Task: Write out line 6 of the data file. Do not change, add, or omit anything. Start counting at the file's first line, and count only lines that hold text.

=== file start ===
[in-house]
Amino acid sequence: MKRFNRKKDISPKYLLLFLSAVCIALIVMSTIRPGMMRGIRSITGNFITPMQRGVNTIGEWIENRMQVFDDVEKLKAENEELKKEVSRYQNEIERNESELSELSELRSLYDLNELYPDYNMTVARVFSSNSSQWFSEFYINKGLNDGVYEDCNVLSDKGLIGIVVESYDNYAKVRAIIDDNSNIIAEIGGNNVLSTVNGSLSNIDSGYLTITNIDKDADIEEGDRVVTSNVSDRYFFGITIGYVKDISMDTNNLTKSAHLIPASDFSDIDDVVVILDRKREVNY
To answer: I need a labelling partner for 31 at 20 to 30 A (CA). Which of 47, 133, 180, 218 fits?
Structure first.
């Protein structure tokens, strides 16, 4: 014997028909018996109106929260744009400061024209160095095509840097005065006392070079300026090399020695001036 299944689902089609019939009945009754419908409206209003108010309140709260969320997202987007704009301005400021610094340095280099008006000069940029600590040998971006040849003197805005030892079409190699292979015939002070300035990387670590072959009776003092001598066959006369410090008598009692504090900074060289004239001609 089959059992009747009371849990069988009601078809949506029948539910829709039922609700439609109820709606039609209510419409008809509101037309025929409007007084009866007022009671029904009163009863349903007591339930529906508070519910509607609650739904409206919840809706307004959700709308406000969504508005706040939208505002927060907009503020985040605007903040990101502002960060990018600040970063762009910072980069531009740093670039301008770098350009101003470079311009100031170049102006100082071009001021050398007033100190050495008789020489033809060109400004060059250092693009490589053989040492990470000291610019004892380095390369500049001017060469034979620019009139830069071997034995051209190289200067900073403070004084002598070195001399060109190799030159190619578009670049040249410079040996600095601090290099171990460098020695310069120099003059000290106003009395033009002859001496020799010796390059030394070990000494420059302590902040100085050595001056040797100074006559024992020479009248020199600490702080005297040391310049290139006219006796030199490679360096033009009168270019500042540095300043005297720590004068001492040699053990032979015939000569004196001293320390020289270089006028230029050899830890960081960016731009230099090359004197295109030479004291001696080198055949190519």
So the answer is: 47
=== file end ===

So the answer is: 47